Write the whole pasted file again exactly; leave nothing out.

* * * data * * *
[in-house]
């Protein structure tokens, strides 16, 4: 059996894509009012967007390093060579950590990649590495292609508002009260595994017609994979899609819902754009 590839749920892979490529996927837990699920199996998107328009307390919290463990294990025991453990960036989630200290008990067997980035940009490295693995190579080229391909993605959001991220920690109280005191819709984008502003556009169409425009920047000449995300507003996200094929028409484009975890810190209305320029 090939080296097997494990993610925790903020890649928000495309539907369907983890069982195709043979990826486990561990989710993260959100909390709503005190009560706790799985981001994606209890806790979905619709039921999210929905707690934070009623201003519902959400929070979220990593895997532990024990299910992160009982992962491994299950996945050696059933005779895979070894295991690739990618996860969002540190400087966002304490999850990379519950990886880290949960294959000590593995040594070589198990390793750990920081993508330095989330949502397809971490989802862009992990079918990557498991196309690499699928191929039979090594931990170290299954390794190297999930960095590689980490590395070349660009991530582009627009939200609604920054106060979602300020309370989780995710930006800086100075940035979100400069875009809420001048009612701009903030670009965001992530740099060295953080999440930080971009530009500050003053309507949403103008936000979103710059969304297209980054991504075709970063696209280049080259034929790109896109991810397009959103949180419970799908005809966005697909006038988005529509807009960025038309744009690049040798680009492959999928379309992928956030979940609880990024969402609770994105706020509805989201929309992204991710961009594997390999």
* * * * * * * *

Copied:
[in-house]
């Protein structure tokens, strides 16, 4: 059996894509009012967007390093060579950590990649590495292609508002009260595994017609994979899609819902754009 590839749920892979490529996927837990699920199996998107328009307390919290463990294990025991453990960036989630200290008990067997980035940009490295693995190579080229391909993605959001991220920690109280005191819709984008502003556009169409425009920047000449995300507003996200094929028409484009975890810190209305320029 090939080296097997494990993610925790903020890649928000495309539907369907983890069982195709043979990826486990561990989710993260959100909390709503005190009560706790799985981001994606209890806790979905619709039921999210929905707690934070009623201003519902959400929070979220990593895997532990024990299910992160009982992962491994299950996945050696059933005779895979070894295991690739990618996860969002540190400087966002304490999850990379519950990886880290949960294959000590593995040594070589198990390793750990920081993508330095989330949502397809971490989802862009992990079918990557498991196309690499699928191929039979090594931990170290299954390794190297999930960095590689980490590395070349660009991530582009627009939200609604920054106060979602300020309370989780995710930006800086100075940035979100400069875009809420001048009612701009903030670009965001992530740099060295953080999440930080971009530009500050003053309507949403103008936000979103710059969304297209980054991504075709970063696209280049080259034929790109896109991810397009959103949180419970799908005809966005697909006038988005529509807009960025038309744009690049040798680009492959999928379309992928956030979940609880990024969402609770994105706020509805989201929309992204991710961009594997390999």